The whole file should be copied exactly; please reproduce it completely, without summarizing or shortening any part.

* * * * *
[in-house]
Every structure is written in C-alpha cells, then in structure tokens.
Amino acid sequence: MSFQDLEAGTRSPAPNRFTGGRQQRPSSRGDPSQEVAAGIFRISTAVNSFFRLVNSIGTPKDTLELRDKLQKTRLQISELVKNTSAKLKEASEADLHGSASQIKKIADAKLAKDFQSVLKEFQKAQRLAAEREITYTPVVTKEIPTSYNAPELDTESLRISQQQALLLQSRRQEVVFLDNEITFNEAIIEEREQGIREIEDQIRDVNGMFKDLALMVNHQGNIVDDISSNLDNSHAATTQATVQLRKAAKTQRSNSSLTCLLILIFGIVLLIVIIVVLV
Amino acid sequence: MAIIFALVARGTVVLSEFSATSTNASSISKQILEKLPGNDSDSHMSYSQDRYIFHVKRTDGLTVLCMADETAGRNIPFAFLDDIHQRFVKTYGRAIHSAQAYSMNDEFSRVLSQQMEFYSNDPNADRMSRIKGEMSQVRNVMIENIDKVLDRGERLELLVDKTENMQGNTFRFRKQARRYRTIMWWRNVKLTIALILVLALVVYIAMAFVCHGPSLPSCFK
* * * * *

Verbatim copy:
[in-house]
Every structure is written in C-alpha cells, then in structure tokens.
Amino acid sequence: MSFQDLEAGTRSPAPNRFTGGRQQRPSSRGDPSQEVAAGIFRISTAVNSFFRLVNSIGTPKDTLELRDKLQKTRLQISELVKNTSAKLKEASEADLHGSASQIKKIADAKLAKDFQSVLKEFQKAQRLAAEREITYTPVVTKEIPTSYNAPELDTESLRISQQQALLLQSRRQEVVFLDNEITFNEAIIEEREQGIREIEDQIRDVNGMFKDLALMVNHQGNIVDDISSNLDNSHAATTQATVQLRKAAKTQRSNSSLTCLLILIFGIVLLIVIIVVLV
Amino acid sequence: MAIIFALVARGTVVLSEFSATSTNASSISKQILEKLPGNDSDSHMSYSQDRYIFHVKRTDGLTVLCMADETAGRNIPFAFLDDIHQRFVKTYGRAIHSAQAYSMNDEFSRVLSQQMEFYSNDPNADRMSRIKGEMSQVRNVMIENIDKVLDRGERLELLVDKTENMQGNTFRFRKQARRYRTIMWWRNVKLTIALILVLALVVYIAMAFVCHGPSLPSCFK